FOUR FACES WEST. MGM, 1948. Joel McCrea, Frances Dee, Charles Bickford, Joseph Calliea, and William Conrad. Screenplay by C. Graham Baker and Teddy Sherman, from the story “Paso Por Aqui” by Eugene Manlove Rhodes. Produced by Harry Sherman. Directed by Alfred E Green.

   “Pop” Sherman’s last Western is a gentle affair, maybe too gentle, but a fitting coda for the man who brought Hopalong Cassidy to the screen.

   Joel McCrea stars as a wandering westerner who rides into town and robs the bank while Marshall Pat Garrett (Charles Bickford) is giving a speech a few blocks away. A chase ensues. And ensues. And goes on… and on…. And about the time I’d had enough, the story takes a turn that brings things to a worthy, if tame, ending.

   Aye, there’s the rub. I’m not going to put in a ((SPOILER ALERT!)) here because it’s pretty obvious early on that nothing very bad is going to happen here. And when the viewer figures that out, the film forfeits a certain amount of interest. Much as we like the characters, it’s hard to care about them when we can see a happy ending galloping across the screen with every shot. And speaking of Shot, nobody gets killed in Four Faces. Hell, nobody even gets shot much. There’s not even a decent fist-fight in the whole film, and at a certain point we no longer expect one, so there’s no need to add ((END OF ALERT!)) here.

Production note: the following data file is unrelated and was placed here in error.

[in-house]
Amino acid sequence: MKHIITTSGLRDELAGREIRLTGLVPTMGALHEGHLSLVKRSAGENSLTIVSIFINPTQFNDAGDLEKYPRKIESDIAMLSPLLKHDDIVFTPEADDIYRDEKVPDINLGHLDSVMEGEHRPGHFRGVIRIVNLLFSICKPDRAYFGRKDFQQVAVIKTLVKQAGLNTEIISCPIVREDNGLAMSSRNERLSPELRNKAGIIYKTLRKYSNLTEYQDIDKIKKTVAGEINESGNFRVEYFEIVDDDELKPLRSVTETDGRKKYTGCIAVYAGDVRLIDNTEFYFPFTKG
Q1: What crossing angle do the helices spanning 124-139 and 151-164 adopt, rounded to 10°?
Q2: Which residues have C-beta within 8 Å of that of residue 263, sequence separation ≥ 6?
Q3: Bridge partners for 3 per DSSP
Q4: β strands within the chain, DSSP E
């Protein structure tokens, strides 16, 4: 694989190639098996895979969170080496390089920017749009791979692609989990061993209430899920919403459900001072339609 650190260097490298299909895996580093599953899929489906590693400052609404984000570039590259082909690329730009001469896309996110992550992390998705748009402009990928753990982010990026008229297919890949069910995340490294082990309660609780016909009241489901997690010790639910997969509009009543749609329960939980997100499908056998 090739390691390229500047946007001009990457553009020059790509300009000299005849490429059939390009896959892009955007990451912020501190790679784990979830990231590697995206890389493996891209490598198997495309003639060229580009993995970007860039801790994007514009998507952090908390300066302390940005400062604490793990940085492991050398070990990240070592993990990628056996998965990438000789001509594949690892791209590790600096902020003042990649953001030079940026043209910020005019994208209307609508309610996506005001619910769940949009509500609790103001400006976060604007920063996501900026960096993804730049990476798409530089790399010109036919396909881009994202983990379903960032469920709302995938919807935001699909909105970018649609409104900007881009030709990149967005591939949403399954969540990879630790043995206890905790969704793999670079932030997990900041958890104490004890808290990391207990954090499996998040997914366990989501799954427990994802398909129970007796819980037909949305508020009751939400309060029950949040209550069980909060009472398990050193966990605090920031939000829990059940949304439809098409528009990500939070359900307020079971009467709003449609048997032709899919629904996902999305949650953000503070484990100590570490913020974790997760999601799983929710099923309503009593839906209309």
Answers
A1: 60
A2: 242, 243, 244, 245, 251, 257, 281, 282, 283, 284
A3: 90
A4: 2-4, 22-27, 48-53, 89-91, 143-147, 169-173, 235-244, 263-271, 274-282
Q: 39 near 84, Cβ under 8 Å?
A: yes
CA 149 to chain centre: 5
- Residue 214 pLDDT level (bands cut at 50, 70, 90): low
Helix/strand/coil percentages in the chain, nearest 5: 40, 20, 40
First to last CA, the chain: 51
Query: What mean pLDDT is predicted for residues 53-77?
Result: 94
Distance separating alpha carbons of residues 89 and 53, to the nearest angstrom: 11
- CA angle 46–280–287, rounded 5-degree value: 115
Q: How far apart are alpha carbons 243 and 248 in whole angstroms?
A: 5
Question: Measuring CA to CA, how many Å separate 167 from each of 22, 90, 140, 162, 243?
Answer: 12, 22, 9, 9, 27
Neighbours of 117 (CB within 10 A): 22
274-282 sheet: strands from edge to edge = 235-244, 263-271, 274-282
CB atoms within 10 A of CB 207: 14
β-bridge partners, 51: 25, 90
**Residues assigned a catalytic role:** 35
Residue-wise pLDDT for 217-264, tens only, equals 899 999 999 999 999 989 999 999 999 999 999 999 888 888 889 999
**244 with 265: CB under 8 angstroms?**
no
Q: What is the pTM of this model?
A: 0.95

For viewers accustomed to seeing a certain amount of action in their oaters — even a pacifist Western like Angel and the Bad Man — this can be off-putting. Four Faces compensates with a literate script, strong performances (Charles Bickford embodies everything I’d like to think Pat Garrett really was) and lustrous photography, and I’d like to think this was what Sherman wanted his Hoppy series to be.

   I’m just glad it wasn’t.